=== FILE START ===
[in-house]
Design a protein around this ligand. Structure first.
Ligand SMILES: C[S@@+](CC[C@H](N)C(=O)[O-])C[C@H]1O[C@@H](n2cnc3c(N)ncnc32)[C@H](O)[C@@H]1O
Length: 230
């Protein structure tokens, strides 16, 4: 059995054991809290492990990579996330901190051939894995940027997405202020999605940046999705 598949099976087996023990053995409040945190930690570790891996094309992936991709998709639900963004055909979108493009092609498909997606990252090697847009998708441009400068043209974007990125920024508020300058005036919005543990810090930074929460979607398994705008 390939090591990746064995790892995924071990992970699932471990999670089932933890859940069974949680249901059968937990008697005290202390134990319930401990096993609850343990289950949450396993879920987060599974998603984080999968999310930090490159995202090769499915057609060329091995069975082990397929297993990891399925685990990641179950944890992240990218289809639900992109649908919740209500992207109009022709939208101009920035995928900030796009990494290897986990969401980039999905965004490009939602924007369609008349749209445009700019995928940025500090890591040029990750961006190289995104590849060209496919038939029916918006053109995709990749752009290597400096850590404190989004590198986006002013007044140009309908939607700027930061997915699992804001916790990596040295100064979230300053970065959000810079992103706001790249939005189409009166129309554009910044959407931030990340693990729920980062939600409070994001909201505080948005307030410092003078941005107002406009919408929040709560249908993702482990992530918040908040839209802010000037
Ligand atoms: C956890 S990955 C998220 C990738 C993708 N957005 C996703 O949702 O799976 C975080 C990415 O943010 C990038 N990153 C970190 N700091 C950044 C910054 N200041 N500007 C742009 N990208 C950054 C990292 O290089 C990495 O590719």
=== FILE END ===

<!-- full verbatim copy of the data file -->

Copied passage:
[in-house]
Design a protein around this ligand. Structure first.
Ligand SMILES: C[S@@+](CC[C@H](N)C(=O)[O-])C[C@H]1O[C@@H](n2cnc3c(N)ncnc32)[C@H](O)[C@@H]1O
Length: 230
């Protein structure tokens, strides 16, 4: 059995054991809290492990990579996330901190051939894995940027997405202020999605940046999705 598949099976087996023990053995409040945190930690570790891996094309992936991709998709639900963004055909979108493009092609498909997606990252090697847009998708441009400068043209974007990125920024508020300058005036919005543990810090930074929460979607398994705008 390939090591990746064995790892995924071990992970699932471990999670089932933890859940069974949680249901059968937990008697005290202390134990319930401990096993609850343990289950949450396993879920987060599974998603984080999968999310930090490159995202090769499915057609060329091995069975082990397929297993990891399925685990990641179950944890992240990218289809639900992109649908919740209500992207109009022709939208101009920035995928900030796009990494290897986990969401980039999905965004490009939602924007369609008349749209445009700019995928940025500090890591040029990750961006190289995104590849060209496919038939029916918006053109995709990749752009290597400096850590404190989004590198986006002013007044140009309908939607700027930061997915699992804001916790990596040295100064979230300053970065959000810079992103706001790249939005189409009166129309554009910044959407931030990340693990729920980062939600409070994001909201505080948005307030410092003078941005107002406009919408929040709560249908993702482990992530918040908040839209802010000037
Ligand atoms: C956890 S990955 C998220 C990738 C993708 N957005 C996703 O949702 O799976 C975080 C990415 O943010 C990038 N990153 C970190 N700091 C950044 C910054 N200041 N500007 C742009 N990208 C950054 C990292 O290089 C990495 O590719």